Construction liens can include unpaid finance charges. But, what about late fees? You know, the late fees that certain vendors like to include in their contract or purchase order unrelated to finance charges. An added cost for being delinquent with your payment. Can a late fee be tacked onto the lien too?
In a recent case, Fernandez v. Manning Building Supplies, Inc., 2019 WL 4655988 (Fla. 1st DCA 2019), a residential owner hired a contractor for a renovation job. The contractor entered into a contract with a material supplier. The terms of the supplier’s contract with the contractor provided that there would be a 1.5% delinquency charge for late payments and it seemed apparent that the delinquency charge was separate from finance charges.
Florida Statute s. 713.06(1) provides in relevant portion:
A materialman or laborer, either of whom is not in privity with the owner, or a subcontractor or sub-subcontractor who complies with the provisions of this part and is subject to the limitations thereof, has a lien on the real property improved for any money that is owed to him or her for labor, services, or materials furnished in accordance with his or her contract and with the direct contract and for any unpaid finance charges due under the lienor’s contract.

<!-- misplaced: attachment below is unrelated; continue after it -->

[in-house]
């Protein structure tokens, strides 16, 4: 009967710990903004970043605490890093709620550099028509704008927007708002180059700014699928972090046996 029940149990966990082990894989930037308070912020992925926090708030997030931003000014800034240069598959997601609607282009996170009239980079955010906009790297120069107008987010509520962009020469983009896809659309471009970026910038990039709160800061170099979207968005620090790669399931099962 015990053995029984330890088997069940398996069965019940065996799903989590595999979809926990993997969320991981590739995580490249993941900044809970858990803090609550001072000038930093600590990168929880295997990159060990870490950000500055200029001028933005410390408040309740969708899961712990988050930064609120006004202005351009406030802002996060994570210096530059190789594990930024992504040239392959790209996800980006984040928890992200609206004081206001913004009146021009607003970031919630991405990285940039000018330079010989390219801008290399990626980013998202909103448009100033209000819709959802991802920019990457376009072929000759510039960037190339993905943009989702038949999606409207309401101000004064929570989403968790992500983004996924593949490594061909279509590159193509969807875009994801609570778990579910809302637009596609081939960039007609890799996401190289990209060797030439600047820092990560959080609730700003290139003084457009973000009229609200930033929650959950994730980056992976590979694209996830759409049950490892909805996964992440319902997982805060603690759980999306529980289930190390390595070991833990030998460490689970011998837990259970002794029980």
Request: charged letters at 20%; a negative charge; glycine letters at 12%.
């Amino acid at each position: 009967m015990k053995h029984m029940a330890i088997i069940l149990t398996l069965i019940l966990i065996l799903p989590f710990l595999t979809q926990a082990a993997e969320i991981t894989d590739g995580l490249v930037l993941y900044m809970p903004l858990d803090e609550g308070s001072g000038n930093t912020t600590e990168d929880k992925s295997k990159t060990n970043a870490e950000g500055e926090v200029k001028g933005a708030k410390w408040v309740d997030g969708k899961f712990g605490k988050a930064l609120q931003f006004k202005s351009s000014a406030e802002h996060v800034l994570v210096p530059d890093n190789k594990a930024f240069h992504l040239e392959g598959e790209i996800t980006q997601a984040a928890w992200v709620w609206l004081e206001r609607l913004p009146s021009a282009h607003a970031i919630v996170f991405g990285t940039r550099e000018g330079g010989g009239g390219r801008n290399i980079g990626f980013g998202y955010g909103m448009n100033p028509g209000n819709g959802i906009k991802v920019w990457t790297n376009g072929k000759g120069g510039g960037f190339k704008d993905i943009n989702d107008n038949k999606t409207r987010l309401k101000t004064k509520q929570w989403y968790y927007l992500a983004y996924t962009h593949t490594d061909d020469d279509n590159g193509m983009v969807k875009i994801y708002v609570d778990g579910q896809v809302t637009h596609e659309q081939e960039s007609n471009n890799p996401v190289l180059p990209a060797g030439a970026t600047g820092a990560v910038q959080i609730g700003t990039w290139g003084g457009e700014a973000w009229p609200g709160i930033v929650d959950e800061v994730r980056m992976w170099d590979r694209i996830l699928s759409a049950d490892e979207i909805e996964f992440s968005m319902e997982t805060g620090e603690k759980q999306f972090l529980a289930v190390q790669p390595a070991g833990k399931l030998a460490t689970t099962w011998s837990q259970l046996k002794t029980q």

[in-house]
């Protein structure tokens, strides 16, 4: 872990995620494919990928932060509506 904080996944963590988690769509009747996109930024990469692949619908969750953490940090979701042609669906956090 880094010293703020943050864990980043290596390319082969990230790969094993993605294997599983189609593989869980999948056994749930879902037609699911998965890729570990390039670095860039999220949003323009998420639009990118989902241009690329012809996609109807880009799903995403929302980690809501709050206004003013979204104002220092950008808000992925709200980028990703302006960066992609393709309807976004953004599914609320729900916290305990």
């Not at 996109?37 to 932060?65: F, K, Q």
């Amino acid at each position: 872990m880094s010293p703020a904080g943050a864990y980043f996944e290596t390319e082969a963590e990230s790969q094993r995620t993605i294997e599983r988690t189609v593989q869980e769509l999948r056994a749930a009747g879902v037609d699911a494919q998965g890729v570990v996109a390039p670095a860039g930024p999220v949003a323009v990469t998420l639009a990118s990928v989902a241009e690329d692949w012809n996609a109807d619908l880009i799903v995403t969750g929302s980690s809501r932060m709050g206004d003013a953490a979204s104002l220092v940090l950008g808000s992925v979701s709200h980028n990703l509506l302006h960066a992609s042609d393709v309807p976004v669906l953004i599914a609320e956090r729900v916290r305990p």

The supplier in this case recorded a construction lien and filed a lien foreclosure lawsuit. The issue was whether a 1.5% per month “delinquency charge” or late fee, as set forth in the contract, should be factored into the lien amount. The First District Court of Appeal held no:
[A] ate payment fee is not a “finance charge” as that term is generally understood…[T]he difference between a finance charge and delinquency fee is recognized by Black’s Law Dictionary (10th ed. 2014) which defines a “finance charge” as “[a]n additional payment, usu. in the form of interest, paid by a retail buyer for the privilege of purchasing goods or services in installments.” As such, a finance charge is the cost of credit — not the cost of paying late. The 1.5% fee required by the [the supplier’s] contract is to be paid only upon default; it is not a cost of credit per se.
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